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Jan 7, 2010, 05:45 PM
 
Switchable graphics with Intel integrated and nVidia or ATi? Sony does it.

There's also some rumors about an nVidia discrete mobile GPU ("Optimus") with super low idle/low load power consumption.
     
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Jan 7, 2010, 06:18 PM
 
ATi also paperlaunched the 5000 series of mobile chips today, boasting improved switching between integrated and discrete graphics among other things. Performance isn't that impressive, but it beats nVidia's current line and I think it's a possible for the MBP unless Apple is playing supplier politics again.

Arrandale graphics also roughly correspond to the 9400M, so at least it's not a huge downgrade as we feared. Probably the MB will skip discrete graphics then, but given that the plausible Arrandale upgrades for that one don't even have a price yet, I think it'll be some time before that upgrade. The MBP is very much due though, and hopefully with Clarksfield in the top 15" and 17".
The new Mac Pro has up to 30 MB of cache inside the processor itself. That's more than the HD in my first Mac. Somehow I'm still running out of space.
     
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Jan 8, 2010, 04:46 AM
 
Originally Posted by P View Post
Arrandale graphics also roughly correspond to the 9400M, so at least it's not a huge downgrade as we feared.
I don't quite believe this.
     
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Jan 8, 2010, 05:07 AM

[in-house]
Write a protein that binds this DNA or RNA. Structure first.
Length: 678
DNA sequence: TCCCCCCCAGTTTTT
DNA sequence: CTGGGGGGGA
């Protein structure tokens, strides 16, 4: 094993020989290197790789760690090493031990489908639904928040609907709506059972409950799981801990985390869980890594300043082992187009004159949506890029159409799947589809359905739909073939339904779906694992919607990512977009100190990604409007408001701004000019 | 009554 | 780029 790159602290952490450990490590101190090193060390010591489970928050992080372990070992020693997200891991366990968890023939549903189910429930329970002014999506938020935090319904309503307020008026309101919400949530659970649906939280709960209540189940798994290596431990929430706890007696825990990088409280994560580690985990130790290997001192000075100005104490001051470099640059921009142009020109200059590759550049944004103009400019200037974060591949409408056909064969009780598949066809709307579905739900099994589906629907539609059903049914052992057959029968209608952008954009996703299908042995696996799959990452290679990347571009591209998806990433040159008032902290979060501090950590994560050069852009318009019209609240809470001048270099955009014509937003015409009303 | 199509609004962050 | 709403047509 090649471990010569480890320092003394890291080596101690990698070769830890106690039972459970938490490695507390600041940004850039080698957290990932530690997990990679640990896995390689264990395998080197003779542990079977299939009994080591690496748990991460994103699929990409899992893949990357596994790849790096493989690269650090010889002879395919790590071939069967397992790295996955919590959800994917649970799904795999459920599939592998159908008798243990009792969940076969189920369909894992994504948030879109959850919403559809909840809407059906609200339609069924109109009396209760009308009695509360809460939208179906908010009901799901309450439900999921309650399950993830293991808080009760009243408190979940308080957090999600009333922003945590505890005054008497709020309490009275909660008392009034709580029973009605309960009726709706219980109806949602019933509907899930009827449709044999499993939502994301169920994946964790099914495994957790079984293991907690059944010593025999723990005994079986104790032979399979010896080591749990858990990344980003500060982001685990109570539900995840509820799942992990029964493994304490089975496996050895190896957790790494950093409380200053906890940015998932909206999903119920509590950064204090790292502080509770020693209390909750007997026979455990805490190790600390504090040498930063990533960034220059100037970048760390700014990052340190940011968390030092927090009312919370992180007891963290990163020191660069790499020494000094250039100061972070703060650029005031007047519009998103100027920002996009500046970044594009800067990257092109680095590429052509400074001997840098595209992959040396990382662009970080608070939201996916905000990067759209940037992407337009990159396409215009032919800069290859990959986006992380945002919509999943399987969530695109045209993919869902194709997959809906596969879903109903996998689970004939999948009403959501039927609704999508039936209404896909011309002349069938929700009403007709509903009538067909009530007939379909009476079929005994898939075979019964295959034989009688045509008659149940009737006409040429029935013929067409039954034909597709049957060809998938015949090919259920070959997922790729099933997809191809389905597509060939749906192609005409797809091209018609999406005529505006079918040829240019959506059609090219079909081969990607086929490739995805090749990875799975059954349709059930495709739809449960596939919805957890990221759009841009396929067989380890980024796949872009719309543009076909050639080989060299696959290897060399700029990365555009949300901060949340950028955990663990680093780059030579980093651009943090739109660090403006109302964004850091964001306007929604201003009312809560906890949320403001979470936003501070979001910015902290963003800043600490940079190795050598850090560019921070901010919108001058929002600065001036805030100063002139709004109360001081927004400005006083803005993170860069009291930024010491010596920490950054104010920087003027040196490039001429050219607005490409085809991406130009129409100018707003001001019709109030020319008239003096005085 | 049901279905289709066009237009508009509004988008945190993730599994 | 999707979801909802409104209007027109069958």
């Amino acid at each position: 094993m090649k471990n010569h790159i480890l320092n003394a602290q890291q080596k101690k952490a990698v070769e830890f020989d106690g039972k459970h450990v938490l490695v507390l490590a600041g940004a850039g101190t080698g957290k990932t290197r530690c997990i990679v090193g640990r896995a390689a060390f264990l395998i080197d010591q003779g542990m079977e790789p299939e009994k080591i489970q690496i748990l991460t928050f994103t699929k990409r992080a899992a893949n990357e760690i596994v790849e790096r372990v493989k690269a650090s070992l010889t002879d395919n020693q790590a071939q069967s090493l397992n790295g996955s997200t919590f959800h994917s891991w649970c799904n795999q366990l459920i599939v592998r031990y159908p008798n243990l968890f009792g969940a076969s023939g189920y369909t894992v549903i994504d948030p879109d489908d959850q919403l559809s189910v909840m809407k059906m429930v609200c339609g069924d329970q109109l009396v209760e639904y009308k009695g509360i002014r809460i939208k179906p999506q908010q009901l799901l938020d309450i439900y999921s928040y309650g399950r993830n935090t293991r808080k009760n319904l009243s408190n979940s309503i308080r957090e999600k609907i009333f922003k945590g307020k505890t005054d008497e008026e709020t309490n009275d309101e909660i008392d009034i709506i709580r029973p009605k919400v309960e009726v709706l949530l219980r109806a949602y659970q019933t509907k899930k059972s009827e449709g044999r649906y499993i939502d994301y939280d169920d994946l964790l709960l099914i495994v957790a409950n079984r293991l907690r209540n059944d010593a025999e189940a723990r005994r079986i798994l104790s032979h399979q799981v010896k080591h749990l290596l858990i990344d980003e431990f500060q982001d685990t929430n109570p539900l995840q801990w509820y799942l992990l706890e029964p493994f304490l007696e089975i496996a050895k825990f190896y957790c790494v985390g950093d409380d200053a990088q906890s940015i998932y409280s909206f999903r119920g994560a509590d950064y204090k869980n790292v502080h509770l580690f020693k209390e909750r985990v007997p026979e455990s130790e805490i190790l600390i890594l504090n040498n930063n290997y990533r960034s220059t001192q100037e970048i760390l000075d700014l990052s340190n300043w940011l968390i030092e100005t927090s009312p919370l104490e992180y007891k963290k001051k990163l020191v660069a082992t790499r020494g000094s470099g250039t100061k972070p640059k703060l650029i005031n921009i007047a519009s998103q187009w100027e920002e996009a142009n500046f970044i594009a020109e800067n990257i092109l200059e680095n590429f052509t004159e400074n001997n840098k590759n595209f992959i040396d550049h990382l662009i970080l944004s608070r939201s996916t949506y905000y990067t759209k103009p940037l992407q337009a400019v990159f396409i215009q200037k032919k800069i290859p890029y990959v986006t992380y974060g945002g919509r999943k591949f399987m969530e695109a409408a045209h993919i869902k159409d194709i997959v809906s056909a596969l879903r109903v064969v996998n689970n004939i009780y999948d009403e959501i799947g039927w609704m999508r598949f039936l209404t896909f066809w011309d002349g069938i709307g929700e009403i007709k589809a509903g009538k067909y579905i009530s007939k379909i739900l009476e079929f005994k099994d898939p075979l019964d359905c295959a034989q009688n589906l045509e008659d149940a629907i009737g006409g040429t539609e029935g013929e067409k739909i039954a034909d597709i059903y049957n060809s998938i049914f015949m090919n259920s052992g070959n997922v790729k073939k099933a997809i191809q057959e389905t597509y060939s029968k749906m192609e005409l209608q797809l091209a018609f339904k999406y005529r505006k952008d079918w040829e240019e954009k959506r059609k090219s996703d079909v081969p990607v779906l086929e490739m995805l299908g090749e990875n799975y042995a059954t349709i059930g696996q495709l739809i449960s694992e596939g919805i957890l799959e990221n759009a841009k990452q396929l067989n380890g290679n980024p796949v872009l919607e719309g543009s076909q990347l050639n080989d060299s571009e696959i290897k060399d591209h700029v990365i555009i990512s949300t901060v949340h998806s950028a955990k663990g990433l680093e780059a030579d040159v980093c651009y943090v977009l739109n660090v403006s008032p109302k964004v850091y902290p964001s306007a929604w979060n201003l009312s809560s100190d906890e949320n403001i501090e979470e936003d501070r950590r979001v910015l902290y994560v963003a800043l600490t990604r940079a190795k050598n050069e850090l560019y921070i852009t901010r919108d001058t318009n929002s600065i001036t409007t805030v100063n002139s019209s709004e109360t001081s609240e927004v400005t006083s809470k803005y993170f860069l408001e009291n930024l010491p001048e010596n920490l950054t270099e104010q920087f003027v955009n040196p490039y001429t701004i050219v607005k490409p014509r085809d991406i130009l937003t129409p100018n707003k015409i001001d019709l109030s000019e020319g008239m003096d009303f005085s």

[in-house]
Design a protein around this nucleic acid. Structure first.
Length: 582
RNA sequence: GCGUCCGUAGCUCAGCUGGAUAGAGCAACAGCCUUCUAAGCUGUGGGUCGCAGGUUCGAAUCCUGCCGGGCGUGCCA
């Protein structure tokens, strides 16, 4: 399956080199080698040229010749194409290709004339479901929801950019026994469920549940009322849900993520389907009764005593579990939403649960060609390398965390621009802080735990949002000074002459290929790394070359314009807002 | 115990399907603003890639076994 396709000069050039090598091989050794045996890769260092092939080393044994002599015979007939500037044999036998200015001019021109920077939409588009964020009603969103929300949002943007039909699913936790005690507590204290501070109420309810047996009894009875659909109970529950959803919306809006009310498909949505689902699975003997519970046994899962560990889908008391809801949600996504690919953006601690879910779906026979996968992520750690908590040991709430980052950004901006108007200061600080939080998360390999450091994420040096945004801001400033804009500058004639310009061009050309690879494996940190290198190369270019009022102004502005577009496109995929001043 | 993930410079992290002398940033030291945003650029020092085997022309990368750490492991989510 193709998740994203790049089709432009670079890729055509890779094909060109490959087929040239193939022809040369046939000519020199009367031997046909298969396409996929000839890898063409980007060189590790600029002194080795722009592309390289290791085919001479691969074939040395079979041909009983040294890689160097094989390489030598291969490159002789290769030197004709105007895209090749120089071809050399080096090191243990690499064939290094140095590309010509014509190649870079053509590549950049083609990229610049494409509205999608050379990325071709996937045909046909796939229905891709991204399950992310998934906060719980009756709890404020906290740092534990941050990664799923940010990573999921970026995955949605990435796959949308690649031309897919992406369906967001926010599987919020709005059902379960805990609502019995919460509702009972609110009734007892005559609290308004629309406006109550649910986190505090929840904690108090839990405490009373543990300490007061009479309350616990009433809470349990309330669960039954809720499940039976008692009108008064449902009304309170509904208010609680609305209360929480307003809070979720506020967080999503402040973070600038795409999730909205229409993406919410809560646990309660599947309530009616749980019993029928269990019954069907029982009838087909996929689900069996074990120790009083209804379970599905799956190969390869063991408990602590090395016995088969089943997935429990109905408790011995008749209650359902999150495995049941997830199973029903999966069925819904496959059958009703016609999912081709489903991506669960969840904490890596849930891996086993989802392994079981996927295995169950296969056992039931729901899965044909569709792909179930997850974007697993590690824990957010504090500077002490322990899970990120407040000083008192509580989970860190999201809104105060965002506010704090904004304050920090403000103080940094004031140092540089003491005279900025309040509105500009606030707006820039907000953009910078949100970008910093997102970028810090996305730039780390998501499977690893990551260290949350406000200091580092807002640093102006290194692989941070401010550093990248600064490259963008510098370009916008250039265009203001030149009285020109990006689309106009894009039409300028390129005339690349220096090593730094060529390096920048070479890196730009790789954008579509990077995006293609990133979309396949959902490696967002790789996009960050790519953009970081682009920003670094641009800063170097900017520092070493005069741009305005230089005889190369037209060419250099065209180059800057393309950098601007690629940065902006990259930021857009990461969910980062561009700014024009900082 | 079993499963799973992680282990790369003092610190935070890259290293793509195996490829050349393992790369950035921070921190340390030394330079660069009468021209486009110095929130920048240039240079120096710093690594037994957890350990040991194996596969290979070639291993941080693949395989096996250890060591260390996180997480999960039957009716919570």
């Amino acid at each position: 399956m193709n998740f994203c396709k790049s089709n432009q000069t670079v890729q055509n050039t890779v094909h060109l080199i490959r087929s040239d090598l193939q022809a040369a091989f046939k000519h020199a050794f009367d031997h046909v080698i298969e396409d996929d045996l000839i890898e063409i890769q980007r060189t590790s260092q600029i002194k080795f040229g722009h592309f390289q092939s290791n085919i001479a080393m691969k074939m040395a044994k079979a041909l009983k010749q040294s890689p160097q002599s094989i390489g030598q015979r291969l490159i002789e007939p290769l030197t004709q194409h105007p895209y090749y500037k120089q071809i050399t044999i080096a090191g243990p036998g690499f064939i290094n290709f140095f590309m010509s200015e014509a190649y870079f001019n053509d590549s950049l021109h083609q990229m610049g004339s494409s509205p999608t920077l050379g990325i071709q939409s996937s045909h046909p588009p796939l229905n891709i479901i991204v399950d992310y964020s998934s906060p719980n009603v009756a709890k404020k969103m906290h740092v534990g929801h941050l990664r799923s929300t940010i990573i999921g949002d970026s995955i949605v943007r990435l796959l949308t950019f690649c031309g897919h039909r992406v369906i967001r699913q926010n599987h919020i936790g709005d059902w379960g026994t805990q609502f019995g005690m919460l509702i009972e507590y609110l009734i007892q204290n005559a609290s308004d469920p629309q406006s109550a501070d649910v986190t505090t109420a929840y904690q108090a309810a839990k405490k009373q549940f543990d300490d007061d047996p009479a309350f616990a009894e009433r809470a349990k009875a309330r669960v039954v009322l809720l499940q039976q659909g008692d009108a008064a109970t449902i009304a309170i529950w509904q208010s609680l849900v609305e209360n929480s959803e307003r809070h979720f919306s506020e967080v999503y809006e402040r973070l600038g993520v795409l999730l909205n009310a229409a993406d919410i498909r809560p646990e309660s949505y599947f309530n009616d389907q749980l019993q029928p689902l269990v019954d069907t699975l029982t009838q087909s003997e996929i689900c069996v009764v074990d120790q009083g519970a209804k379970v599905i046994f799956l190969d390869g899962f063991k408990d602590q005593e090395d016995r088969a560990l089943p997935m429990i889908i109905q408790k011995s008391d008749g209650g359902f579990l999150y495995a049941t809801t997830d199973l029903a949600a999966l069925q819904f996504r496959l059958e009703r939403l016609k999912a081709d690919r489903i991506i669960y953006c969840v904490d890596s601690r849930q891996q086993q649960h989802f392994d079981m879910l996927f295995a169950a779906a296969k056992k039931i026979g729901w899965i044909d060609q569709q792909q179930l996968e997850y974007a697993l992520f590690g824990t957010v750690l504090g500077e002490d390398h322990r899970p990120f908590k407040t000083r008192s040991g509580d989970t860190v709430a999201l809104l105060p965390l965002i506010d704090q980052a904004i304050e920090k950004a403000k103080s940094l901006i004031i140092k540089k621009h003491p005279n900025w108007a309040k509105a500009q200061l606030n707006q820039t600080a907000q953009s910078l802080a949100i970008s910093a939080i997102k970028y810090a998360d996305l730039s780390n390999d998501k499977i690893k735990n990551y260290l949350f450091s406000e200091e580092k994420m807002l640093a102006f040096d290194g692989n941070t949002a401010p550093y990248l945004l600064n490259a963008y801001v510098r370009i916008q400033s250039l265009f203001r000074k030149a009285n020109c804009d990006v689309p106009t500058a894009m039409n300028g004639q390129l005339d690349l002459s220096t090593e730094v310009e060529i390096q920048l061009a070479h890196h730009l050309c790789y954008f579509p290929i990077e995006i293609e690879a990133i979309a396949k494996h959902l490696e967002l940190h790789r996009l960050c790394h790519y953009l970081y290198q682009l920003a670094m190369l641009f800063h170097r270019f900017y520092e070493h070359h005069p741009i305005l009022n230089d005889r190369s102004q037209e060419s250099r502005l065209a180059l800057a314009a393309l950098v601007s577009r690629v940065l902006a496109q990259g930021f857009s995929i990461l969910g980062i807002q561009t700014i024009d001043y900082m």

Even if Arrandale's IGP turns out to perform on par with 9400M under OS X, that is a huge downgrade. Because essentially we'd be accepting that after 18 months there has been zero IGP performance improvement. IMHO that's entirely unacceptable.

I hope all MBPs will now get dedicated graphics. Not even the 13" should have to rely solely on Arrandale's IGP.
( Last edited by Simon; Jan 8, 2010 at 05:13 AM. )
     
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Jan 8, 2010, 10:53 AM
 
It's probably an improvement in battery time - the 9400M + Penryn has a TDP roughly 10W higher than Arrandale + its mobile PCH. If there will be any improvement in the real world depends on the actual idle power (which is where Arrandale is a bit of a disappointment so far), but the same performance for less power must be considered a good thing. Besides, Arrandale is an improvement on CPU power (if not as large as I'd have liked), and every single revision doesn't have to improve performance on every single aspect - the top iMac CPU performance didn't improve in about 18 months before the release of the latest model, but there were other improvements.
The new Mac Pro has up to 30 MB of cache inside the processor itself. That's more than the HD in my first Mac. Somehow I'm still running out of space.
     
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Jan 8, 2010, 12:28 PM
 
Huh?